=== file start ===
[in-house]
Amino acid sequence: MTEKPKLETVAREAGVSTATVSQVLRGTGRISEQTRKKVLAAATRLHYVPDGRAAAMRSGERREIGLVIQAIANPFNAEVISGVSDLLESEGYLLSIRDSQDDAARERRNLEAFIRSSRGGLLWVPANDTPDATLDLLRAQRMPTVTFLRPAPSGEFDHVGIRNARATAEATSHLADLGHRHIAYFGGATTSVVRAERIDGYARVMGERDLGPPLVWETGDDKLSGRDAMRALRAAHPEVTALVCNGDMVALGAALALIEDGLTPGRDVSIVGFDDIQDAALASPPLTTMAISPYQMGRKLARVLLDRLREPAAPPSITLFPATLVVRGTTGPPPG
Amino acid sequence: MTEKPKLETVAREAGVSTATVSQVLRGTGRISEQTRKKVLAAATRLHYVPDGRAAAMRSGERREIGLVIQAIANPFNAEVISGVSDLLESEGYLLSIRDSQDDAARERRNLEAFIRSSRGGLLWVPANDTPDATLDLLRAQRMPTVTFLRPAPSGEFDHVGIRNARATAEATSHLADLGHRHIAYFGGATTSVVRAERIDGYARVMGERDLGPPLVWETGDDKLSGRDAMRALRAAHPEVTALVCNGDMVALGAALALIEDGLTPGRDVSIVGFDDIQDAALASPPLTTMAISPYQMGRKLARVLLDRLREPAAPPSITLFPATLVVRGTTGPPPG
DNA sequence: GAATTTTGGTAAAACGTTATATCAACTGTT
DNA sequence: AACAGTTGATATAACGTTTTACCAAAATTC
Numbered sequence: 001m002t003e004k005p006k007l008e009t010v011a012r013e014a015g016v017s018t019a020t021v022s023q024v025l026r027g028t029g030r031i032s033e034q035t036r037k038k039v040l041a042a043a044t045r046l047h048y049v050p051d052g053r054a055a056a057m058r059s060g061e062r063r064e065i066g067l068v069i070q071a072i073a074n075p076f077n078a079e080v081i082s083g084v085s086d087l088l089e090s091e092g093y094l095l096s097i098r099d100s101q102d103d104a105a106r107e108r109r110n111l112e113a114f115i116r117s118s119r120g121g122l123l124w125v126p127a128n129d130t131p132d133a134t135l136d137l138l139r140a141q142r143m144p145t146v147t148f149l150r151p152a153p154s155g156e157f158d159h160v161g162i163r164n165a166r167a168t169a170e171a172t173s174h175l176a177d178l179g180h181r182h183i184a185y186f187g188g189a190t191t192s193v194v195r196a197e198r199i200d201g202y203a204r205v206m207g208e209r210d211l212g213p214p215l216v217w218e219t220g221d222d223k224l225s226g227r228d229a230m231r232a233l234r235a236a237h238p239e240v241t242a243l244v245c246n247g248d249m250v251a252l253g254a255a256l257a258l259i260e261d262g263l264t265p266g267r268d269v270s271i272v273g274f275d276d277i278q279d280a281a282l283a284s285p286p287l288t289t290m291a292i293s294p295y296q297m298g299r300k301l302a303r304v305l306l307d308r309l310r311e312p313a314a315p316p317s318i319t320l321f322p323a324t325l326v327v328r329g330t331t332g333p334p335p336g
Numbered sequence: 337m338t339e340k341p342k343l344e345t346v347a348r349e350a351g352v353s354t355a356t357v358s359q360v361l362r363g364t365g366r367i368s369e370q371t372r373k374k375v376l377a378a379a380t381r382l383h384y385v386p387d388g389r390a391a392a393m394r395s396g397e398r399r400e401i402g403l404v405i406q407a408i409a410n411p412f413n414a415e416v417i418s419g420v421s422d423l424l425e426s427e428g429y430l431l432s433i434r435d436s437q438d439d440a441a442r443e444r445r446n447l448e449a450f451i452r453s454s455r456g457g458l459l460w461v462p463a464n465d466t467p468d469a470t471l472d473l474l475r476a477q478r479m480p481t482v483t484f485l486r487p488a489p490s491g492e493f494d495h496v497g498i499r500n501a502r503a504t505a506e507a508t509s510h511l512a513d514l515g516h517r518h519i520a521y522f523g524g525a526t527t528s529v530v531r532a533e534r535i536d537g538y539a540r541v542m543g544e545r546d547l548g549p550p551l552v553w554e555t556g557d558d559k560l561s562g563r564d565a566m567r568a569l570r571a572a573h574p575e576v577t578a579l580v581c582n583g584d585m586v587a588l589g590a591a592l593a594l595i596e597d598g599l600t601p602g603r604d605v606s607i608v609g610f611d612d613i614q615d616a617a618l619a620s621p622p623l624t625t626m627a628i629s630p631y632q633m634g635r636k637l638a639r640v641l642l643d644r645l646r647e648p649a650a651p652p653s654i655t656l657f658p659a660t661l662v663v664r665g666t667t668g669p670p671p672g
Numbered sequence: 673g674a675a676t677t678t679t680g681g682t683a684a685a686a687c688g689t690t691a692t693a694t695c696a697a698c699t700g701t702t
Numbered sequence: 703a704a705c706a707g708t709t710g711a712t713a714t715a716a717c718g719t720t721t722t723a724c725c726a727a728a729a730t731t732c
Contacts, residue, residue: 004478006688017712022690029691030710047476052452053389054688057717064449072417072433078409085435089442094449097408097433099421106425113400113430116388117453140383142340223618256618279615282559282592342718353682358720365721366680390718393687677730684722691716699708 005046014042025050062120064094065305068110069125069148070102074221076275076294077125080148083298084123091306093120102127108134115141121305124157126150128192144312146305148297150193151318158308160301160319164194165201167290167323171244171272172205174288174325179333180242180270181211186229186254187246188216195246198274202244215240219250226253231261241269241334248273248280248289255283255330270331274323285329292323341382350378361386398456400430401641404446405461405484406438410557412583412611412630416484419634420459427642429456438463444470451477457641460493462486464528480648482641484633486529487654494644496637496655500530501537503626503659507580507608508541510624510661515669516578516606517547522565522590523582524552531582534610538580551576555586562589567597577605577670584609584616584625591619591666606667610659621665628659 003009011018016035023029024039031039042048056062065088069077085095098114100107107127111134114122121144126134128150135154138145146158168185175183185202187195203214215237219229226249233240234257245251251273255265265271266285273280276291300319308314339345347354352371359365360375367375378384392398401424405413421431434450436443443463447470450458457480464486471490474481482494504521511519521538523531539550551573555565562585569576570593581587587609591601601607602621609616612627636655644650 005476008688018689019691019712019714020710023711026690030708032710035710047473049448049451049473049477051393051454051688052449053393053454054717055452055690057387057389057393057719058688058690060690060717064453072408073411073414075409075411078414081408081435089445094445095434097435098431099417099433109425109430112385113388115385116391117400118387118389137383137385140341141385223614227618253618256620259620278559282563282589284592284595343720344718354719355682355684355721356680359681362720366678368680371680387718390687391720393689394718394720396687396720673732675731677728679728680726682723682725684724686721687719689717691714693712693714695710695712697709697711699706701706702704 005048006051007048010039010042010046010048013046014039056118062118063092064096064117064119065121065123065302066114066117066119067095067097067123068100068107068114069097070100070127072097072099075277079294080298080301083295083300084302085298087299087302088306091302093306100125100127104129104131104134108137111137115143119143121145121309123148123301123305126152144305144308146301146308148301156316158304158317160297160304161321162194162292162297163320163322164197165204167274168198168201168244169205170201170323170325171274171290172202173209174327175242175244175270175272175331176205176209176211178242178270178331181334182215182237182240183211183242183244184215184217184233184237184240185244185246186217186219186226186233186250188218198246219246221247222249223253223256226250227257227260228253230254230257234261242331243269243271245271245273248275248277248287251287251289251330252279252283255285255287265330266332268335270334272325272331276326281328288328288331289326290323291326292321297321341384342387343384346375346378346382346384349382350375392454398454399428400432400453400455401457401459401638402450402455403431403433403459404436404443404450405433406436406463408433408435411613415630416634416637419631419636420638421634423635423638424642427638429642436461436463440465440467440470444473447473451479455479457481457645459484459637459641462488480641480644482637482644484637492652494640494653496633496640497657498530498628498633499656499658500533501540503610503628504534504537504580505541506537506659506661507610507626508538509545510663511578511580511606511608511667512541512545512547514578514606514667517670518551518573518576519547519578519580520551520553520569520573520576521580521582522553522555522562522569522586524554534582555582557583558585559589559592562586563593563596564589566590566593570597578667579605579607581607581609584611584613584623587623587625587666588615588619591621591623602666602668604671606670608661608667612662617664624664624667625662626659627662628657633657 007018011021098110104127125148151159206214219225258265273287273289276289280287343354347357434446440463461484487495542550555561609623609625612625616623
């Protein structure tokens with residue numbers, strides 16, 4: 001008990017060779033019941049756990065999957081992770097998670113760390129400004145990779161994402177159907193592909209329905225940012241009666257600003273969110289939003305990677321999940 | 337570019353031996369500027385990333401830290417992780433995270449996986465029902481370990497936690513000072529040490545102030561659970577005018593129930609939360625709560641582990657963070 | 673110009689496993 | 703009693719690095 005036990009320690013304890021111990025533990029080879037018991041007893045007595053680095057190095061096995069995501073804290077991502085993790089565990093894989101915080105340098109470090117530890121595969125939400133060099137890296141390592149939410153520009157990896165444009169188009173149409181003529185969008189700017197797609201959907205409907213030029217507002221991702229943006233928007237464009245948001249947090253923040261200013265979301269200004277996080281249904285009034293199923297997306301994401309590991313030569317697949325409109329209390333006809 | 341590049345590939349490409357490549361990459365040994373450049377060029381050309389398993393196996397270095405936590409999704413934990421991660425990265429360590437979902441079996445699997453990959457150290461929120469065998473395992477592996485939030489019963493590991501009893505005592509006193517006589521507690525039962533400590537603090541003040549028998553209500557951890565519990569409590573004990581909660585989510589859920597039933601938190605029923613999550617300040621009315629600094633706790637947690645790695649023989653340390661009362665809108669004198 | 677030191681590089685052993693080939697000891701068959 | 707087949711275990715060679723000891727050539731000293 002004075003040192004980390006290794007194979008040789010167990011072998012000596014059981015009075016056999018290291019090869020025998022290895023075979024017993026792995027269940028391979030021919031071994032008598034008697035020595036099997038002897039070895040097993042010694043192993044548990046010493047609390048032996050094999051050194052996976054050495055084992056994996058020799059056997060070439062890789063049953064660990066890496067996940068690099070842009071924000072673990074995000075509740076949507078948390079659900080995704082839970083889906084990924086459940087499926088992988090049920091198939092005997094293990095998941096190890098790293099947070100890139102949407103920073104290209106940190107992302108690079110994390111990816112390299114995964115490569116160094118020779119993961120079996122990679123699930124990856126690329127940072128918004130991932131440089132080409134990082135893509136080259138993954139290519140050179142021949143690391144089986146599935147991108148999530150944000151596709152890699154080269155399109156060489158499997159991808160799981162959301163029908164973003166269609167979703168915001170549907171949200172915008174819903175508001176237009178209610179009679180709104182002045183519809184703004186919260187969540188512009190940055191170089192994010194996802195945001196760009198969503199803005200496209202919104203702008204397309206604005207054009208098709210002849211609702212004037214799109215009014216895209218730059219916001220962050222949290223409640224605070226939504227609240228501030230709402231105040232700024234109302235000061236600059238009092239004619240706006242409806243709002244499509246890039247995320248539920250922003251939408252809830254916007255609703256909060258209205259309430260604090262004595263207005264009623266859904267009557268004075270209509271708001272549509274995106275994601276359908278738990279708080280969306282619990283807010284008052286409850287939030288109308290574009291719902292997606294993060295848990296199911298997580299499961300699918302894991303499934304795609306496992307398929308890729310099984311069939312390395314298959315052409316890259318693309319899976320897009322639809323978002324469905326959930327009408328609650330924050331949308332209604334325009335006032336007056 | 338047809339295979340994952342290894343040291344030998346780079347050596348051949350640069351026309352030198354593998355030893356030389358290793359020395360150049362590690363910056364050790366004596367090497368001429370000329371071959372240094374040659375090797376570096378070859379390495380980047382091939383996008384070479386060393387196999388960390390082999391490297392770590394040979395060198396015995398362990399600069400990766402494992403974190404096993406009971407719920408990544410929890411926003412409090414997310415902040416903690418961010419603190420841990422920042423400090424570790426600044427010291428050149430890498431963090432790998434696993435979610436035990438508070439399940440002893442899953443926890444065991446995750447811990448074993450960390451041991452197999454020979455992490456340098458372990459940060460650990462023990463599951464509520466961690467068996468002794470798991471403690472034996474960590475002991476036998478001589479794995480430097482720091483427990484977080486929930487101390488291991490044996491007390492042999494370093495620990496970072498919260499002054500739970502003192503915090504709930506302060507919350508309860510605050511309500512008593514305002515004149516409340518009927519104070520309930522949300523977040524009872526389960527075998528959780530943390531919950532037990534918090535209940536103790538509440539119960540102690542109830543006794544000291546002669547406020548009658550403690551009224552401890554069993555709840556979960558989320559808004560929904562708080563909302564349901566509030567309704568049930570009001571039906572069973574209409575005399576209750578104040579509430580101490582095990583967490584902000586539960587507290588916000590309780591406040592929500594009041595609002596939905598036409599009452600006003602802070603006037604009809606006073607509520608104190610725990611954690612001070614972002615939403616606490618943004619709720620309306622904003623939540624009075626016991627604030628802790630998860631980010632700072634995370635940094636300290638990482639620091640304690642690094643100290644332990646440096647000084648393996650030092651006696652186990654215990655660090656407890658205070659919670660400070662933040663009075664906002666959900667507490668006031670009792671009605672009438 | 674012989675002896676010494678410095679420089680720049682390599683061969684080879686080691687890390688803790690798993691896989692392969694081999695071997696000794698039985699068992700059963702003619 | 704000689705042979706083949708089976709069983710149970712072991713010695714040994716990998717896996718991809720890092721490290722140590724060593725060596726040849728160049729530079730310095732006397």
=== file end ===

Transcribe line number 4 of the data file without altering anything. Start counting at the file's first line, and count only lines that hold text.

DNA sequence: GAATTTTGGTAAAACGTTATATCAACTGTT